Wade got the pot boiling in game 2 when he hip-checked Darren Collison. Why did he hip-check Collison? Because he was upset that he didn’t get a call on the other end. I’m not saying Wade is an evil mix between Andrew Bynum and Ron Artest. He just doesn’t need to be perceived as this loyal, outstanding tough guy. He’s not a tough guy. He has very punk-like qualities.
It’s a little easier to show some sympathy for Granger. On two or three occasions, he’s thrown his face into some unsuspecting Miami player’s personal space just to bark about something off-topic. Granger’s 29, used to average 25 points a game, and has been the lone bright spot on a faceless team for the better part of 5 years. Finally, he’s getting to play relevant basketball against a superstar-loaded team, and he thinks he needs to bring a little attitude to the party.
Then there’s Dexter Pittman. The University of Texas’ finest export decided that this would be a good idea. The guy that he absolutely crushed is Lance Stephenson. Earlier in the series, Stephenson decided that this would be a good idea.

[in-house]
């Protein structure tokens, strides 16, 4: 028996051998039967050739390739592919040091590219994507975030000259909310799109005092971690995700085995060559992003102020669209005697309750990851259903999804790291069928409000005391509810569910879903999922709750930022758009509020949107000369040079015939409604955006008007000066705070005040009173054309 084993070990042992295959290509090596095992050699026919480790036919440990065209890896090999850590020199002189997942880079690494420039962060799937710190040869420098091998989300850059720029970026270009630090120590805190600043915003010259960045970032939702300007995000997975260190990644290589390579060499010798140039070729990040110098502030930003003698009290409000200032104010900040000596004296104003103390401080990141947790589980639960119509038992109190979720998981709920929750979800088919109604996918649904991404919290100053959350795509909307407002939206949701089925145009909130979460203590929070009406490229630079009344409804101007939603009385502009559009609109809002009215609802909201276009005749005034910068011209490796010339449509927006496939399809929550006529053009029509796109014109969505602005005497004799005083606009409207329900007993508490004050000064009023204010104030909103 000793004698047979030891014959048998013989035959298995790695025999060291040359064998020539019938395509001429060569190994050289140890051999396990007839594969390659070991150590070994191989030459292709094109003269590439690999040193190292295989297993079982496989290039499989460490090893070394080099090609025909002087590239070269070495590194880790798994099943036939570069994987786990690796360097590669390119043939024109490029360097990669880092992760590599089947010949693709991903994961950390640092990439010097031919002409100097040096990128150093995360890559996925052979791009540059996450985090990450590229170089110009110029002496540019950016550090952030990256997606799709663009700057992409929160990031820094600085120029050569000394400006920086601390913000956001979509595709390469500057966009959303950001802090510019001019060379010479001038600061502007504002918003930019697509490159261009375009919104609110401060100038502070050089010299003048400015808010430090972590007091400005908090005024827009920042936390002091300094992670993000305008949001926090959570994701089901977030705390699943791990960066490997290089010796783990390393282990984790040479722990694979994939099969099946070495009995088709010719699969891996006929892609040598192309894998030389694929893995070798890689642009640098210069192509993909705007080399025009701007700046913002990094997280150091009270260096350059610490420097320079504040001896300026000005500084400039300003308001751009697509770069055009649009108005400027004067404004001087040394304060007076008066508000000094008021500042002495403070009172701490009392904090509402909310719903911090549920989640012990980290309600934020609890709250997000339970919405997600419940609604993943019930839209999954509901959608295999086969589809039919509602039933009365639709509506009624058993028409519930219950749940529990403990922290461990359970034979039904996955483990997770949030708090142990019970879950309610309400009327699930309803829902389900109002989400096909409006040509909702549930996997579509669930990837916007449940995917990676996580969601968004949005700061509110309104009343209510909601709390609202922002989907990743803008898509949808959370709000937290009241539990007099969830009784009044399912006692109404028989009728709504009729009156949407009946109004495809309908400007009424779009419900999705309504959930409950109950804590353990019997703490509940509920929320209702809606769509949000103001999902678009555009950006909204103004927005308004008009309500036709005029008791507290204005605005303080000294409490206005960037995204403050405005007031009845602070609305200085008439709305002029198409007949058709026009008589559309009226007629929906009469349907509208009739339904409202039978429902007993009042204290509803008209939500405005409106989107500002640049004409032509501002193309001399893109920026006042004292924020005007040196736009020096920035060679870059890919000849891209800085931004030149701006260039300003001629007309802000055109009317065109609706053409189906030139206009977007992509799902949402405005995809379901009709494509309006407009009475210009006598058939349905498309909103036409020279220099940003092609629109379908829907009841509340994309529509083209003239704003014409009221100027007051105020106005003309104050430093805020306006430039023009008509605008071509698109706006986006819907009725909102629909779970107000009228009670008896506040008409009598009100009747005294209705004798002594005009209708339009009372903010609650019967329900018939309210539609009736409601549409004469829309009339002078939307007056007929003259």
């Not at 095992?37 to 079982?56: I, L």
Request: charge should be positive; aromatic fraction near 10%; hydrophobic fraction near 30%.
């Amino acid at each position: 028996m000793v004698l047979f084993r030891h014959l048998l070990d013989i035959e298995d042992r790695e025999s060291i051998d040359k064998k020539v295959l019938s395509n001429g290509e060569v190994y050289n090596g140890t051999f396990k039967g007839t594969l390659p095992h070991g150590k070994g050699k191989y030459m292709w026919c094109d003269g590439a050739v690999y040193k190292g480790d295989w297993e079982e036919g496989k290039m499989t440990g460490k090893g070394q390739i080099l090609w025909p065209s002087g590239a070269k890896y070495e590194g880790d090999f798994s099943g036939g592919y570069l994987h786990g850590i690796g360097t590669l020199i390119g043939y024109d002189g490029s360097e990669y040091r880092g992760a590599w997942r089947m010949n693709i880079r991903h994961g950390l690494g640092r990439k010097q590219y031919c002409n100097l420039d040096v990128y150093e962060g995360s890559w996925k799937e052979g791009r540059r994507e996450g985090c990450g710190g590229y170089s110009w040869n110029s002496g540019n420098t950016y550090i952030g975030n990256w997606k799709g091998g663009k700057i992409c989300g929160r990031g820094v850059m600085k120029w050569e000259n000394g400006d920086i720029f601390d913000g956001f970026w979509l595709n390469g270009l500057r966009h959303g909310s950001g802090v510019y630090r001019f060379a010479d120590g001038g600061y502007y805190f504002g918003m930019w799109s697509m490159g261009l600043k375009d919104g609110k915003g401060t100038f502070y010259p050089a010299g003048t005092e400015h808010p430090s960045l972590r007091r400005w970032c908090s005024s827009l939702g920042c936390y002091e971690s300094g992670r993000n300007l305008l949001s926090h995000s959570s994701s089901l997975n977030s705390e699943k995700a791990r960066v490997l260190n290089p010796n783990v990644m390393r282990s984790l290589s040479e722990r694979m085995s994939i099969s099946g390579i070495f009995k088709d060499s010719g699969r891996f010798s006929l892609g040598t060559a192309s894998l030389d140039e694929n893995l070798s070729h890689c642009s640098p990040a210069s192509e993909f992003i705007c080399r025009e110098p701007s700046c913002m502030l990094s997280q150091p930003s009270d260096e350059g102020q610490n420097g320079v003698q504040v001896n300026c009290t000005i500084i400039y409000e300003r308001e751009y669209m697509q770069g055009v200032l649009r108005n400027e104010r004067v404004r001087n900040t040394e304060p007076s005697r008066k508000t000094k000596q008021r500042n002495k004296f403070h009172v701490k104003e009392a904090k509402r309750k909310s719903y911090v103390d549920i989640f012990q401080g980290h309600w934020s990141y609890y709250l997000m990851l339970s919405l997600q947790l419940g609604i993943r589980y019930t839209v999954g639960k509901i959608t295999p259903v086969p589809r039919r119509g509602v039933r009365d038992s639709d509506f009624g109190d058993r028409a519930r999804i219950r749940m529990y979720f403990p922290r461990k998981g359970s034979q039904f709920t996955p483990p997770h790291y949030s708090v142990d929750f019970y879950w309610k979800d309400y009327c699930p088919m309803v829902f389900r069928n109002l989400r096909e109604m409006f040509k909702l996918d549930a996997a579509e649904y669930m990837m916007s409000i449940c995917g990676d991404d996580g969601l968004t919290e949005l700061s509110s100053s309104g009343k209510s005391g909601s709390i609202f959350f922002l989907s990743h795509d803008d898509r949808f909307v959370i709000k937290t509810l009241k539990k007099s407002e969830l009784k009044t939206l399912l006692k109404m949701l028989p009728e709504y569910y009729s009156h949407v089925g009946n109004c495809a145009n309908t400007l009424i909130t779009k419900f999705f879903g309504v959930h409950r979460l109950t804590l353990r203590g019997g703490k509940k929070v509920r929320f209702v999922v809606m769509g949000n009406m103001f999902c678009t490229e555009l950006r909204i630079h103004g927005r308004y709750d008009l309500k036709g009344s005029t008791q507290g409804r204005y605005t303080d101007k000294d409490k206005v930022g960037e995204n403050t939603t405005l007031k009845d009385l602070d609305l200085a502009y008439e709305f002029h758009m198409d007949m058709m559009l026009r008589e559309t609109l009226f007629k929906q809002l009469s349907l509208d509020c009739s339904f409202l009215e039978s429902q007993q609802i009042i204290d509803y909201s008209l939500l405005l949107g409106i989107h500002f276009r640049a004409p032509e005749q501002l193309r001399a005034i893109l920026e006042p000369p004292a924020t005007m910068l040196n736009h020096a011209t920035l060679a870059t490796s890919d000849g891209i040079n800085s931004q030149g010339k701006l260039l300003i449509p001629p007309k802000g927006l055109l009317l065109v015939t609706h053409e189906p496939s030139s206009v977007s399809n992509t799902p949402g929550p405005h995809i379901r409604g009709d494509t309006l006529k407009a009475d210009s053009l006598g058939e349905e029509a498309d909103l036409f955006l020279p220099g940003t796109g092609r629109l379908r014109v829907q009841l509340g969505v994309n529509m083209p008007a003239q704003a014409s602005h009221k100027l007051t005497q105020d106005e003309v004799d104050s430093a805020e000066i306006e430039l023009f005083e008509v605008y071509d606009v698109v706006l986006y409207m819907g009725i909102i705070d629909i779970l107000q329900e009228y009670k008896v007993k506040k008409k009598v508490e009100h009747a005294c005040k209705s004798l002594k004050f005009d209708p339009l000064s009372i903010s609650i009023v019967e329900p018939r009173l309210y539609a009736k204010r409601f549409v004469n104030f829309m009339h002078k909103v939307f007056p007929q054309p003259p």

Stephenson’s decision to give the greatest basketball player alive the international “choke” signal is a bad idea in a variety of ways. A) Lance Stephenson is 21-years old, and he averages 2.6 points per game in his career (1 season). B) Why the hell would you want to give LeBron more motivation than he already has? C) It’s game 3. D) When Indiana loses this series, he’s going to look like an ass.
With all of that being said, it’s really not a big deal. Trash talk happens every game. Unfortunately for Stephenson, Pittman is the ultimate scrub’s scrub. He’s 6’11″, 285 pounds of bench-riding insecurity. He’s a center who played less than 300 minutes all season on a team that has no center. Think about that for a while. He can’t beat out Turiaf and Joel Anthony for a Miami position that only requires the man filling it to be defensively competent. Brendan Haywood would play 30 minutes a game for the Heat.
Pittman’s elbow was idiot-on-idiot crime. I have no idea how he only came away with a three-game suspension, but the Heat probably aren’t going to miss his three minutes a game.
There’s a lot of unlikable basketball players out there. I guess that was the point of this post.
(That photo’s not my property.)